For many businesses, data protection in the cloud is an ongoing concern. Why? Data is one of your company’s most valuable assets. Any unauthorised access to confidential information can have serious consequences, including loss of customer or employee confidence, leaking of company secrets, identity theft, and even financial losses and lawsuits.
Many businesses store data in the cloud because it delivers numerous benefits to your business. It gives you the flexibility to store and access important information anywhere, anytime with an internet connection. Also, it can be easily scaled to meet your ongoing data management and file storage requirements.
Who is responsible for keeping data safe in the cloud?
According to a recent survey, 80% of businesses mistakenly believe that cloud service providers have the sole responsibility for data protection.
Yes, cloud companies and hosting providers do need to make sure their systems and servers are equipped with the latest security measures. However, it is the businesses themselves, as owners of the data, who have the ultimate responsibility in making sure that their company information is safe and secure.
How can you improve data protection in the cloud?
As an employer and IT professional, you need to ensure that sensitive and confidential information of your staff, customers and partners are well-protected. Here are 5 ways that can help you improve data security in the cloud.
1. Assess the current environment
Where is your data stored? How is it being managed and protected? Do you have data stored in multiple locations?
The first step in improving data security is to understand your whole data and document environment – where data is stored, how it is being used, current users and access levels as well as security measures and procedures in place.
It might also be worthwhile to do a proper security audit of your document management workflows and processes. This would allow you to properly identify current risks and vulnerabilities before they become actual issues and problems.
2. Monitor, control & limit access to files
Do you know exactly who has access to your files? Controlling your staff’s access to important information will help to keep your in-house security tight. Not everyone needs to have access to payroll details or higher management strategic plans. Setting up user levels based on job descriptions gives people access to what they need to get their job done but not to everything else.
This setup allows you to also limit what files can be accessed while out of the office. If you have employees who work from home, in remote locations or on unsecure WiFi, limiting access will keep your data safe from any would be thieves.
Lastly, don’t forget to monitor user access and data usage, so you can quickly identify any unusual activity or unauthorised access.
3. Keep your network security up-to-date
Is your network security up-to-date? In this day and age, investing in the latest network security is a must to keep your data safe and secure. This includes getting the latest virus & malware protection, firewalls, and intrusion detection software. Make sure you also install regular updates as they become available.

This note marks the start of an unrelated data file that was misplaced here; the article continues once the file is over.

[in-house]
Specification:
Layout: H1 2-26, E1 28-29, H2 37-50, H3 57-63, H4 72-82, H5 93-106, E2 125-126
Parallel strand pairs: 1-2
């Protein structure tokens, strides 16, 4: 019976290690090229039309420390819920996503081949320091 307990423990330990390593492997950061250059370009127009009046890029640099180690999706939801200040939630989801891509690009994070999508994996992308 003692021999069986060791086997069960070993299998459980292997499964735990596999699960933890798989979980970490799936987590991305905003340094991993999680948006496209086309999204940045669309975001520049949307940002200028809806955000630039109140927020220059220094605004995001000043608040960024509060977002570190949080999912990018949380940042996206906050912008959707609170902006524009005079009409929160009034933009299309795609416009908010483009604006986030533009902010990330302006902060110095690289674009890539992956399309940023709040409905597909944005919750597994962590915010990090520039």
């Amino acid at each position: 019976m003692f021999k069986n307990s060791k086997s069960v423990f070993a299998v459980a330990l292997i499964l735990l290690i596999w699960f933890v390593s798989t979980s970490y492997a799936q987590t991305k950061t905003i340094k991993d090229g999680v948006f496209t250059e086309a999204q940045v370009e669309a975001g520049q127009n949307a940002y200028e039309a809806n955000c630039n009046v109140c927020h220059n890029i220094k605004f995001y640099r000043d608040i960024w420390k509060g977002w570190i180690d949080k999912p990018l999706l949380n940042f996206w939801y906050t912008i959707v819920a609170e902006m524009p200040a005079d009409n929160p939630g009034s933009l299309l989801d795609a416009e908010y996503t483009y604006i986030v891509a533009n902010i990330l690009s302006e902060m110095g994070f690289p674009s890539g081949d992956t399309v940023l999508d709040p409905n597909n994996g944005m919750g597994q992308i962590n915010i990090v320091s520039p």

With many businesses becoming more remote and spread out, it is vital to ensure that your security covers laptops, tablets and mobile devices. All devices used for business need to be up-to-date and secure at all times.
4. Use strong passwords & encryption
Passwords and encryptions are important steps to protect your valuable data. You wouldn’t leave your house with the front door open so why would you leave your data unsecure?
Utilise passwords and encryption codes to create a wall of defence. Encourage your staff to use strong passwords that include a combination of upper and lower-case letters, symbols and numbers.
To further improve data protection in the cloud, having people change their passwords every 3-6 months is also a good idea.
5. Educate your staff
Finally, without the full cooperation of everyone in the company, all your security measures will prove ineffective, and will eventually fail.
So, it is important to educate your staff, get them involved, and create a culture of security with your organisation. Make sure that all employees (new and old) understand the importance of cyber security and the implications that a breach or an attack can have.
In the event of an attempted security breach or cyber-attack or if you see anything unusual, make sure you inform all staff immediately. This will ensure no one accidently clicks or opens any dangerous links or web pages.
With the proper training and measures in place, you should be able to manage any security issue or avoid being in this situation in the first place.
Moving your data to the cloud can provide your business with the necessary flexibility and scalability – but it can be an ongoing challenge to keep important information safe and secure.
Improving cloud data protection involves understanding the risks, controlling user access, having strong passwords, and enhancing network security.
However, this is not just a job for the IT department, it is a responsibility of every single person in the business. Everyone needs to understand their role, and work together to safeguard the company’s valuable data.
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